In September 2013, Iran’s Supreme Leader Ayatollah Ali Khamenei inserted an unexpected warning in a speech about Iran's “enemies.” Along with the usual suspects, such as the United States and Israel, Khamenei also mentioned one that many had never heard of: Shiite satellite channels based in the West. Referring to them as a “bunch of mercenaries who add more fuel to the fire” of Sunni-Shiite conflicts, Khamenei said emphatically, “They are given a mass media reach. And where are they based? The United States. London. The Shiism that is being broadcast to the world from London and the US is not good for Shiites.”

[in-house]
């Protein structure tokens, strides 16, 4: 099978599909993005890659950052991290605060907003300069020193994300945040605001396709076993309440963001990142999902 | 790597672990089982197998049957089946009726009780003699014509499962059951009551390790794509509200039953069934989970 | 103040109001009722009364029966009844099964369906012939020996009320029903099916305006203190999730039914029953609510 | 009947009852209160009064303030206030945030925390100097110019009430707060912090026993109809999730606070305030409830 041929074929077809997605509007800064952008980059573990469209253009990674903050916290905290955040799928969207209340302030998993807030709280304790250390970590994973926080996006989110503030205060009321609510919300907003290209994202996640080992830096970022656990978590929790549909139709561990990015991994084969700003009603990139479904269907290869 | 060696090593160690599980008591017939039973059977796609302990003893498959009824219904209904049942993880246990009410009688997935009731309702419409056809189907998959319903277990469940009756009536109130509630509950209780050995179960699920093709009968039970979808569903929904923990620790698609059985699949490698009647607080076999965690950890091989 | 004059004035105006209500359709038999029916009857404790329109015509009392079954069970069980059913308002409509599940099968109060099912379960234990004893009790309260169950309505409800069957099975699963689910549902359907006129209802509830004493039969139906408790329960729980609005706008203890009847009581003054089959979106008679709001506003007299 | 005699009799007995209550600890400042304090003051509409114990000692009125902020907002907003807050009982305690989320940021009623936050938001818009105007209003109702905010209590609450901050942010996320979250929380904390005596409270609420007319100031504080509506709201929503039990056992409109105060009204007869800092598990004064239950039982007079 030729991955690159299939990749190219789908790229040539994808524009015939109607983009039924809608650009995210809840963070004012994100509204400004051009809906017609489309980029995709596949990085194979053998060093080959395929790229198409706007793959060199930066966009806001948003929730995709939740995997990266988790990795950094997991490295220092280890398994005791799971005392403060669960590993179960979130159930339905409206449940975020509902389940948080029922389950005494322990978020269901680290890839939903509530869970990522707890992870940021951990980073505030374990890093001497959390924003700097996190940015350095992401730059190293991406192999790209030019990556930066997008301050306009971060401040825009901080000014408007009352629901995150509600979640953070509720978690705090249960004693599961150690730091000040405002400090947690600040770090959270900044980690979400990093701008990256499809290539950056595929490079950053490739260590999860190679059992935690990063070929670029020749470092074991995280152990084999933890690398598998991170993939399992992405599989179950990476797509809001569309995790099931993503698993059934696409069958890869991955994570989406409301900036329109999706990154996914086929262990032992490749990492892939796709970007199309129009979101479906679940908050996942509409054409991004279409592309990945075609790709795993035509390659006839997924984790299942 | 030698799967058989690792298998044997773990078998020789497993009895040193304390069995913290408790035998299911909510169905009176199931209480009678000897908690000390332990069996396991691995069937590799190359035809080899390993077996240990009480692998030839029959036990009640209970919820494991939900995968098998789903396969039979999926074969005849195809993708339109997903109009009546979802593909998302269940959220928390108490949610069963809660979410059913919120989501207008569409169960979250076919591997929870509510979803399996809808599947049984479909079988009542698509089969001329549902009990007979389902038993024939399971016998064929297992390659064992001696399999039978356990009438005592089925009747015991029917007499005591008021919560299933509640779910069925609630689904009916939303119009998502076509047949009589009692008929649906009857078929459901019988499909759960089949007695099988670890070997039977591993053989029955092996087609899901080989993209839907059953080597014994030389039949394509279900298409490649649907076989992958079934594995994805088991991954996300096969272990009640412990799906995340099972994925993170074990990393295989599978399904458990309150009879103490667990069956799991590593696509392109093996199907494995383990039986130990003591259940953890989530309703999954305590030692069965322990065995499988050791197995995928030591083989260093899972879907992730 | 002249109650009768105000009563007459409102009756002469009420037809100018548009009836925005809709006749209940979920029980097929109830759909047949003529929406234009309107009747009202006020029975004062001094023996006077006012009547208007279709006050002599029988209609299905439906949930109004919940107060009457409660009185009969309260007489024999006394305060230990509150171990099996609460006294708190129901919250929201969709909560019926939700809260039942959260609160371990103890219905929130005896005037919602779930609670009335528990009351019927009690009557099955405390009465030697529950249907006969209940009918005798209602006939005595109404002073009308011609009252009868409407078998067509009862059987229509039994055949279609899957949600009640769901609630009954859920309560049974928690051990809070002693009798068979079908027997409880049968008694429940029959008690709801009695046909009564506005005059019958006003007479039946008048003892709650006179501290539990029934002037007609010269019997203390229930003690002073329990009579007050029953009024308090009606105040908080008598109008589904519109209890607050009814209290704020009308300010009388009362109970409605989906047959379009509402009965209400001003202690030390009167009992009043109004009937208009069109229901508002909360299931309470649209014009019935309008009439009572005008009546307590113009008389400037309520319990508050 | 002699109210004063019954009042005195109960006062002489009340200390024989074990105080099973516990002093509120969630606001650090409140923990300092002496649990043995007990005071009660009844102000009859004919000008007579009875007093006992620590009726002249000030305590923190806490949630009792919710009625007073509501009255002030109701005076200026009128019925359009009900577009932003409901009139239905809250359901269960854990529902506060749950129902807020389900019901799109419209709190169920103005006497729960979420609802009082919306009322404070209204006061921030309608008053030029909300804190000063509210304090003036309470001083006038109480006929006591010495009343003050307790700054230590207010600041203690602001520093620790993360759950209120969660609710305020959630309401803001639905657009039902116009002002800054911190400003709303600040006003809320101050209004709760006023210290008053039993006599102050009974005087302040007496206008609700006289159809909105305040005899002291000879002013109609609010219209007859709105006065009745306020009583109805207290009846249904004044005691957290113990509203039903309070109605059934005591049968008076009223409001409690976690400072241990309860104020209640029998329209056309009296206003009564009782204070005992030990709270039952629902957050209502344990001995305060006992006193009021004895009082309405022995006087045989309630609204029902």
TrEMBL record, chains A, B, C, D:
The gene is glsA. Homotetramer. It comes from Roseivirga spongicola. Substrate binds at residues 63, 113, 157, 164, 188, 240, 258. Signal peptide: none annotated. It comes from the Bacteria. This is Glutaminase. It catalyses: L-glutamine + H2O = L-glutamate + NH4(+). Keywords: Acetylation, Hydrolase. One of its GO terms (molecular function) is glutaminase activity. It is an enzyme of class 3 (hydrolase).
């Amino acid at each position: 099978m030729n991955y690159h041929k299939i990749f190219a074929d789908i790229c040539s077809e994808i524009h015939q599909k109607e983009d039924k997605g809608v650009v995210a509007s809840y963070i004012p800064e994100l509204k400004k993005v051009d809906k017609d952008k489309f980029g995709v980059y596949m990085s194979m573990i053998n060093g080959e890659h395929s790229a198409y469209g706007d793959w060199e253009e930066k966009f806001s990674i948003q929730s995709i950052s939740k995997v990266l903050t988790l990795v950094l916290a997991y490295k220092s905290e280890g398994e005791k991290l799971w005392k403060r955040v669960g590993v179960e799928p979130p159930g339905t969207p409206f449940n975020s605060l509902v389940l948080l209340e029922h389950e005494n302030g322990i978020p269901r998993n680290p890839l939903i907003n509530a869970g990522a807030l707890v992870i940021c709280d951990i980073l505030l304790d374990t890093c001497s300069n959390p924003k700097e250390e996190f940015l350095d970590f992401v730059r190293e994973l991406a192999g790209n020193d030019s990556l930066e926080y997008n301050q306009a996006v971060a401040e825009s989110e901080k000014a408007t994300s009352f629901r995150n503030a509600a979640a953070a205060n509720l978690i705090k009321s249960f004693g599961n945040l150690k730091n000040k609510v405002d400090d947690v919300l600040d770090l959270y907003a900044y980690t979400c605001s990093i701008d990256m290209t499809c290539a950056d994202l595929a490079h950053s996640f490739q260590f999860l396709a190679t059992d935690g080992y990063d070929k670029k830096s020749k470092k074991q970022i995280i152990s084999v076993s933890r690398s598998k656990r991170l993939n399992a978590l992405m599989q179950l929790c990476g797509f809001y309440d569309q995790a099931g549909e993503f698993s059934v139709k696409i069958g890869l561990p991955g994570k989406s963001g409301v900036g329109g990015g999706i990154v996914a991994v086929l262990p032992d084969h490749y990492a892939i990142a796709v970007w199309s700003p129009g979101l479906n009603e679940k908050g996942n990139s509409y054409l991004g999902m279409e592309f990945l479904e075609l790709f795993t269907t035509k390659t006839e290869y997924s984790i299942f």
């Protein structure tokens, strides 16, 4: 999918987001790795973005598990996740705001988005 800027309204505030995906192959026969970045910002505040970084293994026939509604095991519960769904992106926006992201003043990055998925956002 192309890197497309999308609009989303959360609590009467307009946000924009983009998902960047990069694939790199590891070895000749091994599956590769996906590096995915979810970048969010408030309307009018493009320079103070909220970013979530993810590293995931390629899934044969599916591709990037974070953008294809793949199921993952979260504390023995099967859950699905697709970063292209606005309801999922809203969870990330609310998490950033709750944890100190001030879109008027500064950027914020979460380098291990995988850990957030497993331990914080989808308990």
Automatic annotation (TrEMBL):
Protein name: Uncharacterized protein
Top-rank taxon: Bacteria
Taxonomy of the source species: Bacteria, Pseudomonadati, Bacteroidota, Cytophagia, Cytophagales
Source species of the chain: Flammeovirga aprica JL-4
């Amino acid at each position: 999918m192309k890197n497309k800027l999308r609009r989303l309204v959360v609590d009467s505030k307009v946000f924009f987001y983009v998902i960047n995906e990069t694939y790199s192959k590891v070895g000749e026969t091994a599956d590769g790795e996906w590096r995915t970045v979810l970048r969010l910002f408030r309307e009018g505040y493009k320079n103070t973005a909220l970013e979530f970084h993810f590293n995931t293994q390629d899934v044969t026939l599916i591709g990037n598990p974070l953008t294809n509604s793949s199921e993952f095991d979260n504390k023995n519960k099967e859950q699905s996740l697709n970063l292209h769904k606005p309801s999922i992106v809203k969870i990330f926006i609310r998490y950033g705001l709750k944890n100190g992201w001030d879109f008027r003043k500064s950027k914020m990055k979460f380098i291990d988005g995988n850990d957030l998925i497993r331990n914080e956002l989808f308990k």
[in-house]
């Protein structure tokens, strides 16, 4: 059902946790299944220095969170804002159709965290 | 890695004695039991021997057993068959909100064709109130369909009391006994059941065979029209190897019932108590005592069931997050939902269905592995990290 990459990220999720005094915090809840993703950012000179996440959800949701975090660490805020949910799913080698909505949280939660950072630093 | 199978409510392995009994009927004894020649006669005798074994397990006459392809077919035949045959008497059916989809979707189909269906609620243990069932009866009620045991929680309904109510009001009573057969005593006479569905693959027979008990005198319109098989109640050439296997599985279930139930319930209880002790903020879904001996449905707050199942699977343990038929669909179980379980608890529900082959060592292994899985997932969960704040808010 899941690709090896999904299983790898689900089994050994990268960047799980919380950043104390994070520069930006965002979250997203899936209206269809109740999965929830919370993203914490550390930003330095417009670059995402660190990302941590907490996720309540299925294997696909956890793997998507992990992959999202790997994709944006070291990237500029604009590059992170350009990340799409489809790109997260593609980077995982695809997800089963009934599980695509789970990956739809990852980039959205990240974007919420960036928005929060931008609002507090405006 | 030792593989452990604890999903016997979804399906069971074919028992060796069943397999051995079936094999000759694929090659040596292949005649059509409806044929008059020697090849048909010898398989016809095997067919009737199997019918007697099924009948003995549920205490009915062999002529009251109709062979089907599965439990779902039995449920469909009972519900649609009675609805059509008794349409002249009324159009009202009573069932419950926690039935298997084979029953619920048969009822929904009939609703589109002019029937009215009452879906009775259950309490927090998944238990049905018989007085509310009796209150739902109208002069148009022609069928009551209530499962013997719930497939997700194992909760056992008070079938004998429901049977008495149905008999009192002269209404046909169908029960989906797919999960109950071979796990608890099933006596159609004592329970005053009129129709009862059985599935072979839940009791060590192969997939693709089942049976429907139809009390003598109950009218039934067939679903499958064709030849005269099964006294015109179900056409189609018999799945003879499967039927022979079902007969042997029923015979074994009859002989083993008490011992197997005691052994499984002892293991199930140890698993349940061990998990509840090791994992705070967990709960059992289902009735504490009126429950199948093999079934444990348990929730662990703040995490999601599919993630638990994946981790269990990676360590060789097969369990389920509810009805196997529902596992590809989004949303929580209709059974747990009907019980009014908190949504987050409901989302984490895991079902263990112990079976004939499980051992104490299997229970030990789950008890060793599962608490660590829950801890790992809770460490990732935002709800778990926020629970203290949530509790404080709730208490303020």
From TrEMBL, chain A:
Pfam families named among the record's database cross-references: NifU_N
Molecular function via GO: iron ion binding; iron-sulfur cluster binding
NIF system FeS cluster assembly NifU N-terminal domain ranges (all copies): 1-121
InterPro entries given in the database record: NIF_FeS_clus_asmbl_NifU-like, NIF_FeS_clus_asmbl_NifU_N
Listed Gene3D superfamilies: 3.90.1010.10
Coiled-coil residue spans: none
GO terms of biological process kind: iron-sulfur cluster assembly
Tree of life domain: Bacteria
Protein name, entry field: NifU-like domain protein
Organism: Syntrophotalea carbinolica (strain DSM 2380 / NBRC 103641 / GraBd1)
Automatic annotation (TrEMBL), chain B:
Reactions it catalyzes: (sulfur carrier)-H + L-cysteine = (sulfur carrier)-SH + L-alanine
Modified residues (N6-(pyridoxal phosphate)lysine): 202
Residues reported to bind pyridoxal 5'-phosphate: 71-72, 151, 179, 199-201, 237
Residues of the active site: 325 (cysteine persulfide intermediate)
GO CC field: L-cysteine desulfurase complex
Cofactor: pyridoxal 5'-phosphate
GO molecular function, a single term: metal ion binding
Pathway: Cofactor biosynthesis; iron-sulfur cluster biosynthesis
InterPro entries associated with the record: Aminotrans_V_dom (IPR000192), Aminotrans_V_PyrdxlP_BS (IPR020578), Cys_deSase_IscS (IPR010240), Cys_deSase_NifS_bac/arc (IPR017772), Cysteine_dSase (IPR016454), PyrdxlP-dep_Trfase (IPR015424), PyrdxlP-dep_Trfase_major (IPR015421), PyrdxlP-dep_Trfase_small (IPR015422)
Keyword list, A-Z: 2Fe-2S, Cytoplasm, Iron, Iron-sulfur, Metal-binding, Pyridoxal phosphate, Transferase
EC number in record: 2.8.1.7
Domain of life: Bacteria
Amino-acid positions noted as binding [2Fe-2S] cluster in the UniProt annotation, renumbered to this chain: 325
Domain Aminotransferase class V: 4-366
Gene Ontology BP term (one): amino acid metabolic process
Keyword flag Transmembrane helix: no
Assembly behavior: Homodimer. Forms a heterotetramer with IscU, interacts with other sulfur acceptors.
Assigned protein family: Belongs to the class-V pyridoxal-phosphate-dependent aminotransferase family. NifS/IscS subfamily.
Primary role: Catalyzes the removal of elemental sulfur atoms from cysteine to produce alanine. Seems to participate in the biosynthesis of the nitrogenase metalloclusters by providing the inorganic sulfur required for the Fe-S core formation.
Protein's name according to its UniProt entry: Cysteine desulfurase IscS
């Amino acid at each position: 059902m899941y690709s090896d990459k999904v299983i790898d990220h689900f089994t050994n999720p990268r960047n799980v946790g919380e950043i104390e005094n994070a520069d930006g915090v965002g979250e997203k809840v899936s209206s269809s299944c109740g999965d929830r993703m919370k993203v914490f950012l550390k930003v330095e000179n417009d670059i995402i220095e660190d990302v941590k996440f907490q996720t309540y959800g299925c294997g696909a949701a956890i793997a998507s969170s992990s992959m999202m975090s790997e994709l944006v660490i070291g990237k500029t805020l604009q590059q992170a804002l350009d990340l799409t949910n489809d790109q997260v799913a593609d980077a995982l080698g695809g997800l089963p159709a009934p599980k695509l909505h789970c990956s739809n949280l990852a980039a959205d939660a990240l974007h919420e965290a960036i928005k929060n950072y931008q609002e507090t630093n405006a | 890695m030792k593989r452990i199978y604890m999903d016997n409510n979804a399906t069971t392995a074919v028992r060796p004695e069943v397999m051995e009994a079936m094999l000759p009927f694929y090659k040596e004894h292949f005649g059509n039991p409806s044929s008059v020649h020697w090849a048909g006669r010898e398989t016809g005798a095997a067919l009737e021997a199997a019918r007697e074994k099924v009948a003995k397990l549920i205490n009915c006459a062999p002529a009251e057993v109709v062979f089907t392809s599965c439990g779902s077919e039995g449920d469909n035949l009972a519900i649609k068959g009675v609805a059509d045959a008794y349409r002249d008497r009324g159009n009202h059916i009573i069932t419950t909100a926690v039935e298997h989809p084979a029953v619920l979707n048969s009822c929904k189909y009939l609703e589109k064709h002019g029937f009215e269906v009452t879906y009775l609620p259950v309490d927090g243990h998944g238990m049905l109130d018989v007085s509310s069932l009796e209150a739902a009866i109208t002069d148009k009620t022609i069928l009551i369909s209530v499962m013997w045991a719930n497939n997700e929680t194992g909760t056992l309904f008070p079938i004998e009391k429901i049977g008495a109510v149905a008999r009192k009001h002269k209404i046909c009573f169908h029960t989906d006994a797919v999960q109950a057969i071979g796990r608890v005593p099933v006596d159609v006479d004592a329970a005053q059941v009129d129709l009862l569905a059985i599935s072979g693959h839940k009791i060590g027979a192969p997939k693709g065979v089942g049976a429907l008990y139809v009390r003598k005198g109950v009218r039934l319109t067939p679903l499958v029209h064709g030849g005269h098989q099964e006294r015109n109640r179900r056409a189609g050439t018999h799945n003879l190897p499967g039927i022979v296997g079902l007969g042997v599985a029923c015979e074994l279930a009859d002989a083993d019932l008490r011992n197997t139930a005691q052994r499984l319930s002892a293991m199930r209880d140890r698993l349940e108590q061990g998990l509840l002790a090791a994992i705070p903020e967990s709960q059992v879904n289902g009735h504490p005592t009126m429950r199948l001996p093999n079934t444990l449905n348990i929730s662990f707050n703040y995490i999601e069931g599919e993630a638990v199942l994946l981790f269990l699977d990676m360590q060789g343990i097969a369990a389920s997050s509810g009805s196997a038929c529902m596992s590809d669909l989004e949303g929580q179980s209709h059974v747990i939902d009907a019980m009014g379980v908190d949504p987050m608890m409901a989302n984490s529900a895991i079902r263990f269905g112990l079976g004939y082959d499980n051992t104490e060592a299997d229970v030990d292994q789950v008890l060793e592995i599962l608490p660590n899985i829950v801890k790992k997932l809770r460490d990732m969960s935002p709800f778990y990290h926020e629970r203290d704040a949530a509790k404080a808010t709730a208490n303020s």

Iran has recently intensified its media campaign against these “Shiite extremists.” There is now a regularly updated news website specifically aimed at exposing the “British Shiites” or “MI6 Shiites,” as they are also known. In February, the holy city of Qom hosted the event “Assessment of the Extremist Shiite and Sunni Currents,” for which the keynote speaker was Ayatollah Mohsen Araki, secretary-general of the World Forum for Proximity of the Islamic Schools of Thought, a government-run ecumenist institution. He attacked the “Londoner Shiites” for their practice of “qamezani” or “tatbir,” in which mourners strike themselves on the head with a sword, causing blood to flow in remembrance of the blood that Imam Hussein shed in the famed Battle of Karbala. Araki said the organizers of such ceremonies are funded by Western intelligence agencies bent on bringing Shiism into disrepute. He went on to equate them with the Islamic State.